I’ve walked along one of these bogs, not too far from Walden Pond, and listened to its strange, insistent noises, its burps and belches and long wailing siren sounds, and gotten the creeps. John’s 6th chapter can do that to me, too. As, John says, Jesus did to large numbers of those who had been following him. They were creeped out, they had enough, they turned away and went home.
But I wonder, am I reading this right when I hear it the way they did? How could Jesus, who in Mark is so shy to be identified as a savior, and in Luke emphasizes the ordinary and accessible (trees and seeds and birds and bread and wine, as the doorways to holiness) turn into someone who insists on being worshiped as singularly divine and apart from all nature, in the space of a few decades and in the mind of John?
The companion narrative from I Kings, the story of Solomon, gives us an equally difficult fellow to pin down. Solomon was as bad as he was good, as terrible as he was great, as foolish as he was wise. He became legendary for his wisdom and his ability to bring disparate people together. And he also became legendary for his unbridled lust, his 700 wives and 300 concubines.
Solomon also built temples to a number of other popular gods, and offered animal and human sacrifices in them as part of his politics.
Does Solomon remind us that Jesus, too, has many more dimensions to his character and life than we like to recall, or even know? Does Solomon show us that, for all his greatness, he could never be more than human – and that Jesus, too, wants us to remember his humanity, his flesh, his body and blood, and more than remember it, take him into our flesh, resurrecting him in our bodies, not in creeds we recite or rituals we invent or temples in which we turn him into glass, into gold, into painted effigies we can adore but cannot become?
Is John pointing Jesus’ words towards a gnostic drift that may be present in the community he writes for? Whatever our tradition, most of us manage to separate sacrament from real life, belief from experience, spiritual life from the part of us that makes deals, seeks sex, fumes and fusses about our lives. As Solomon himself did. And as Jesus, according to John, will not allow us to do to him. He will not, if John is right, allow us to make him into a personal comfort, ignoring the allictions of the lost, the least, the despised, the damned. We cannot pick and choose the parts of him we like, and leave the rest, according to John, that would be the real cannibalizing of him. We must, he says, ingest him completely.
Solomon dedicated the Great Temple that held the Ark of the Covenant, saying it was to be a place where people could bring all the dark, howling, disconsolate, desperate, broken, shameful parts of themselves and their lives, and find there, in the presence of God, healing. Here are some of Solomon’s words:
When your people Israel, having sinned against you, are defeated before an enemy but turn again to you, confess your name, pray and plead with you in this house, then hear in heaven, forgive the sin of your people Israel. When heaven is shut up and there is no rain because they have sinned against you, and then they pray toward this place, confess your name, and turn from their sin, then hear in heaven, and forgive; and grant rain on your land. If there is famine in the land, if there is plague, blight, mildew, locust, or caterpillar; if their enemy besieges them in any of their cities; whatever plague, whatever sickness there is; whatever prayer, whatever plea there is from any individual or from all your people Israel, all knowing the afflictions of their own hearts so that they stretch out their hands toward this house; then hear in heaven your dwelling place, forgive, so that they may fear you all their days.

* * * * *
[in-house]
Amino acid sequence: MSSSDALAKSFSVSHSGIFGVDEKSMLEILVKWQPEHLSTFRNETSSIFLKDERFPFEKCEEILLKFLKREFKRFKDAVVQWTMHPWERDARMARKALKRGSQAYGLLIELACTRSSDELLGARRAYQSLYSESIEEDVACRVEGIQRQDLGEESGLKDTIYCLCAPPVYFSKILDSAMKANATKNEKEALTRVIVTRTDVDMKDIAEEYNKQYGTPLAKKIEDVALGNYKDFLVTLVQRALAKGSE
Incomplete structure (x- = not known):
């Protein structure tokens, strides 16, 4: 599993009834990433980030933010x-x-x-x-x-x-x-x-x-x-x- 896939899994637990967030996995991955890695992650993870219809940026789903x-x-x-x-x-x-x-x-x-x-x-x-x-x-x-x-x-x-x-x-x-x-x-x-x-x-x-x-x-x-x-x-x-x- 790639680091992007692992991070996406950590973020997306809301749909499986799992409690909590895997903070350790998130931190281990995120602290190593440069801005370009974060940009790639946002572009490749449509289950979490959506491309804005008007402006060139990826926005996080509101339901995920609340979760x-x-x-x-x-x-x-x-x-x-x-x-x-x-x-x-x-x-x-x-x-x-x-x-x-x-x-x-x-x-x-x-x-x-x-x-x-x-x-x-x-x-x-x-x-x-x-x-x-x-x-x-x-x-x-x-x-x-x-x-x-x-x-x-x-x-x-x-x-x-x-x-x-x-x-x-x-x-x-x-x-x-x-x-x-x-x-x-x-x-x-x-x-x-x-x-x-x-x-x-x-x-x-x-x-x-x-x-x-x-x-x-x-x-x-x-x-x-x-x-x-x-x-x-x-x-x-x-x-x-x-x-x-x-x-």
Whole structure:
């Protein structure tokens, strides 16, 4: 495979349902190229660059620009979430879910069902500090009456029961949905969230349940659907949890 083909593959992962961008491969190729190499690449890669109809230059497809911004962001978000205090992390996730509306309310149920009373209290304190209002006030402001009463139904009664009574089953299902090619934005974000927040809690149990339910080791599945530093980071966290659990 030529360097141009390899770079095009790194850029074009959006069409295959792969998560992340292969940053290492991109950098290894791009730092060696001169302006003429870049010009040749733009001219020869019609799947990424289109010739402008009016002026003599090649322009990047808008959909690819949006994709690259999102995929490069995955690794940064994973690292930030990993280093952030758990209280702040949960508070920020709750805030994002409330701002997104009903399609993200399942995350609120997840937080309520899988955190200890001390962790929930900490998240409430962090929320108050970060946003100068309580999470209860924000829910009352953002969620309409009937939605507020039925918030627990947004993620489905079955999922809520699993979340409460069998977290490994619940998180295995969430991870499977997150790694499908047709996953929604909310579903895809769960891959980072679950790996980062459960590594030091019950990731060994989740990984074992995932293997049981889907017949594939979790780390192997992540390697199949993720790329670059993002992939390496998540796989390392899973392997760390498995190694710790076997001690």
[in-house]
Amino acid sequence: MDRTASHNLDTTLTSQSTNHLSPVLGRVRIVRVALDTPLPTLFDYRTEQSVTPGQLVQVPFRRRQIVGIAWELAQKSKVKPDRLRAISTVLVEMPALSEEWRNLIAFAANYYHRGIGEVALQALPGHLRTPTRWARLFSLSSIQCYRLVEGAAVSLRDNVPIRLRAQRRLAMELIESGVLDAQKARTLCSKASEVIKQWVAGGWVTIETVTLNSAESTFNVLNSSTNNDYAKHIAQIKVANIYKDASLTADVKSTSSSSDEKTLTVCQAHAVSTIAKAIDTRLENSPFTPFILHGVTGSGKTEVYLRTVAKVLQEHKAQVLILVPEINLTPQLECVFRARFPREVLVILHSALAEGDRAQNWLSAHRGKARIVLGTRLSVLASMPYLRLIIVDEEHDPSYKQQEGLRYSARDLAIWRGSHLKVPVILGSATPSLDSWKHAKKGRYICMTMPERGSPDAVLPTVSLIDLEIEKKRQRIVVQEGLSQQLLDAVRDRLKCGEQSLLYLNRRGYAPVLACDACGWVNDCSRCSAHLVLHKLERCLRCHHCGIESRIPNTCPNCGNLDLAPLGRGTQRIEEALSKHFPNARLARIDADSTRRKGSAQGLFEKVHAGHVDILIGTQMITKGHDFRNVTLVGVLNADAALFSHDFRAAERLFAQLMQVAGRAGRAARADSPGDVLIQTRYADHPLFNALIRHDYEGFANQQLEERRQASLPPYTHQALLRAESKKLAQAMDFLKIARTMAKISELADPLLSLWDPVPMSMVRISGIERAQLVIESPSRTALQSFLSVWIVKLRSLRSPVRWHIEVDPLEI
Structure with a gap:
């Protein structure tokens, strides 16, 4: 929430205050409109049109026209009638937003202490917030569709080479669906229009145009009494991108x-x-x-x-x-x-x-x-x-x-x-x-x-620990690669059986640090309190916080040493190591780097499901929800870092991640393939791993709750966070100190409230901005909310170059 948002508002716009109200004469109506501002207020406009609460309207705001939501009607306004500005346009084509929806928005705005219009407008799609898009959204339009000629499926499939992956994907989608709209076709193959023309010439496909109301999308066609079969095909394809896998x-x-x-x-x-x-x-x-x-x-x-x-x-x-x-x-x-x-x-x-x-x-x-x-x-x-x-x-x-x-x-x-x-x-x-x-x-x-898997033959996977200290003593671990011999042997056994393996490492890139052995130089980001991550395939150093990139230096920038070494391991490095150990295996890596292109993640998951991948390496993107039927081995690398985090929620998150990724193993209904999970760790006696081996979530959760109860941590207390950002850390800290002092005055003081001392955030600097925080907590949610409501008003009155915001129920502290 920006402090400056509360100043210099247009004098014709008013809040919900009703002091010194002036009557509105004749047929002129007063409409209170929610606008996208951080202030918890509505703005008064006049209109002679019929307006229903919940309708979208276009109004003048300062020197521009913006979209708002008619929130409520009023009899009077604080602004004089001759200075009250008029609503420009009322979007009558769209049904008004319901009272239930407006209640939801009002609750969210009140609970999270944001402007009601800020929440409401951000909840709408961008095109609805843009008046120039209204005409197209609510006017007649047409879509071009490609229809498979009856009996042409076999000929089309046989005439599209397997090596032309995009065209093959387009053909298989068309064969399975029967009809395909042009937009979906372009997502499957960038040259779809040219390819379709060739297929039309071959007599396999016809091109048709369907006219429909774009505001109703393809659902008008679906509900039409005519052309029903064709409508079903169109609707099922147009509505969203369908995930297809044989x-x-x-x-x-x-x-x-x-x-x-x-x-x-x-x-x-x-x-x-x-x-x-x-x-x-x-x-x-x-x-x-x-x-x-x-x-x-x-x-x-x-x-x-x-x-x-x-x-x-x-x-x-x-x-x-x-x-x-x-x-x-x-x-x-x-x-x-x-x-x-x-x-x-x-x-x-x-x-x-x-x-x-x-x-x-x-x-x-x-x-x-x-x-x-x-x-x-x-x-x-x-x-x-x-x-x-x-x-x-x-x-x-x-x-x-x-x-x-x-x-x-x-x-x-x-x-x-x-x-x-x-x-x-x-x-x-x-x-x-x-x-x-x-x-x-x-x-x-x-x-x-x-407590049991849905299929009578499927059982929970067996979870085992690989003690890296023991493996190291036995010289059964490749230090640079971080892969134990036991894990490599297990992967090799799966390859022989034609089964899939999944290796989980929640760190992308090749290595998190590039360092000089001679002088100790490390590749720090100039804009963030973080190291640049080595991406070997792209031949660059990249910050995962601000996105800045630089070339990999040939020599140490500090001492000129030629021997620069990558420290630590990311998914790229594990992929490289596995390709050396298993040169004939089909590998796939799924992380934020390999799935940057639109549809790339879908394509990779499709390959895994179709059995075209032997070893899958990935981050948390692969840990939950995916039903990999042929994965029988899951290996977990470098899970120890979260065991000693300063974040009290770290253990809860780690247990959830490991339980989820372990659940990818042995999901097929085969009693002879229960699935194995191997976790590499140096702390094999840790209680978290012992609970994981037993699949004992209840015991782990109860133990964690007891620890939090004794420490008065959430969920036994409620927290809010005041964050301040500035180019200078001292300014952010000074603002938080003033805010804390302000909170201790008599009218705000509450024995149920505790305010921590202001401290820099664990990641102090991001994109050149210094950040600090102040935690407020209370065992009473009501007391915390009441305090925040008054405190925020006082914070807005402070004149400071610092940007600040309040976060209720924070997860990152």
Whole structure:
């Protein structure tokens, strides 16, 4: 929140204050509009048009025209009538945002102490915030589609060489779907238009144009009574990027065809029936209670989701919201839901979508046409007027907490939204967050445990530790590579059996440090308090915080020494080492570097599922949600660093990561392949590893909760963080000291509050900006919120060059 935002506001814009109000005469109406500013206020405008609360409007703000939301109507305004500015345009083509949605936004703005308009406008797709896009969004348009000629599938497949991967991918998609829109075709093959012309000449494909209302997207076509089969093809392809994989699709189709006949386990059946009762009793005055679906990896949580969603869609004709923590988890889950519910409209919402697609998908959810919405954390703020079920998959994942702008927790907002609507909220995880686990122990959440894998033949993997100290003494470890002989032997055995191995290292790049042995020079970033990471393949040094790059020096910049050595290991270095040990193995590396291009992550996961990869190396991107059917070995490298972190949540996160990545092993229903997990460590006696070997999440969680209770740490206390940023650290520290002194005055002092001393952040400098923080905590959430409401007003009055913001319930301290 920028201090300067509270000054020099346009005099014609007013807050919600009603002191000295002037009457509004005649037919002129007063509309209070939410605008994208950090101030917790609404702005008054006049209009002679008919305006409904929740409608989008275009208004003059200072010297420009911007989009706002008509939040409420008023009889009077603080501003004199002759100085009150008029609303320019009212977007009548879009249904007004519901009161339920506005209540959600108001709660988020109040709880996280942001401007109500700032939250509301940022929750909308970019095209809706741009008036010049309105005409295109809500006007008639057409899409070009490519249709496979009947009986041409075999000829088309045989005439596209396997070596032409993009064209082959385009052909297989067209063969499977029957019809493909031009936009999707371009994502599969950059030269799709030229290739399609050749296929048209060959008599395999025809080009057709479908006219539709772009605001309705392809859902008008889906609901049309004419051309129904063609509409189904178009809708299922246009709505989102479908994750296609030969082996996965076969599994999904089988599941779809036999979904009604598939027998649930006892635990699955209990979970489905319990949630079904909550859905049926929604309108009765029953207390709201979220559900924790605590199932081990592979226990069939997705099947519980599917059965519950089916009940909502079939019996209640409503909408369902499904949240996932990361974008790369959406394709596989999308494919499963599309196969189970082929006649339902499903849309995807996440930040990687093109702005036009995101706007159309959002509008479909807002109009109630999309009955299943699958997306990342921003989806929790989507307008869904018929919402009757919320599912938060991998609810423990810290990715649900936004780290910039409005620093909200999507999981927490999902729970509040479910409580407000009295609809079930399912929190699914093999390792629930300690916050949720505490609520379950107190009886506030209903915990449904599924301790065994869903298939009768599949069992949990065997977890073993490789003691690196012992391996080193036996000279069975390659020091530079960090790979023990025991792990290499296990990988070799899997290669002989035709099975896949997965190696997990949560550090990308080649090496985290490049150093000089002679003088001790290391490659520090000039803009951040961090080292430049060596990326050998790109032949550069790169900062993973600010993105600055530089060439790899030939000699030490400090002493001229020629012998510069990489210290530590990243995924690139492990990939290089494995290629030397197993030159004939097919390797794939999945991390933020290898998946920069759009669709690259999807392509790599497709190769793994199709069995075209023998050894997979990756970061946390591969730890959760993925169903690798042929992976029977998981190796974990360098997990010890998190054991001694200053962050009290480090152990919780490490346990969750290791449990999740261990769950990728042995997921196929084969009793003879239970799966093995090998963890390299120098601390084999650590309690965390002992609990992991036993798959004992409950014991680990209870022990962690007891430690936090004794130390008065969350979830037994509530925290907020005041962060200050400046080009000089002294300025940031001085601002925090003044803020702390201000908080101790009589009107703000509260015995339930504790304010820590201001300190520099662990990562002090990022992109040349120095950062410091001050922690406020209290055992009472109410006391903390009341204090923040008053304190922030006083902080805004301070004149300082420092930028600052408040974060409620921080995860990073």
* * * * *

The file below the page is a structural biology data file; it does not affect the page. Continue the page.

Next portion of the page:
All of these sins were Solomon’s – these were deep human needs, human aching and groaning, that he knew. Is Jesus, who proclaims himself to be the new Temple of God, insisting that he must come into us, flesh and blood, in order to reach that holy place within us, and also in order to bring to us that holiness within him? Would he, who said he was more than the Temple, consent to be less in our lives than Solomon’s words?
At the beginning of his dedicating speech, Solomon declared it was God’s vow to dwell in deep darkness; but also to be the powerful presence of holiness for his people.
Majestic and abundant words, and more than a little creepy. Perhaps my own resistance to Jesus being associated with creepy things is part of my own idolatry. The world, and even my own heart at times, dwells in deep darkness. Body and soul, O Holy One, come into us body and soul.
1. Judgment of Solomon. 880 AD. Attributes to Ingobertus. Chiesa di San Paolo, Rome. Vanderbilt Divinity School Library, Art in the Christian Tradition.
2. Solomon. Michaelangelo Buonarrotti, 1508-1512. Fresco. Sistine Chapel. Vatican City. Vanderbilt Divinity School Library, Art in the Christian Tradition.
3. Solomon Praying to the Holy Spirit. Vrelant, Guillaume. 1481. J. Paul Getty Museum, Los Angeles. Vanderbilt Divinity School Library, Art in the Christian Tradition.
4. Solomon and the Queen of Sheba. 1760 Made in Uttar Pradesh, India. Late Mughal. San Diego Museum of Art. Vanderbilt Divinity School Library, Art in the Christian Tradition.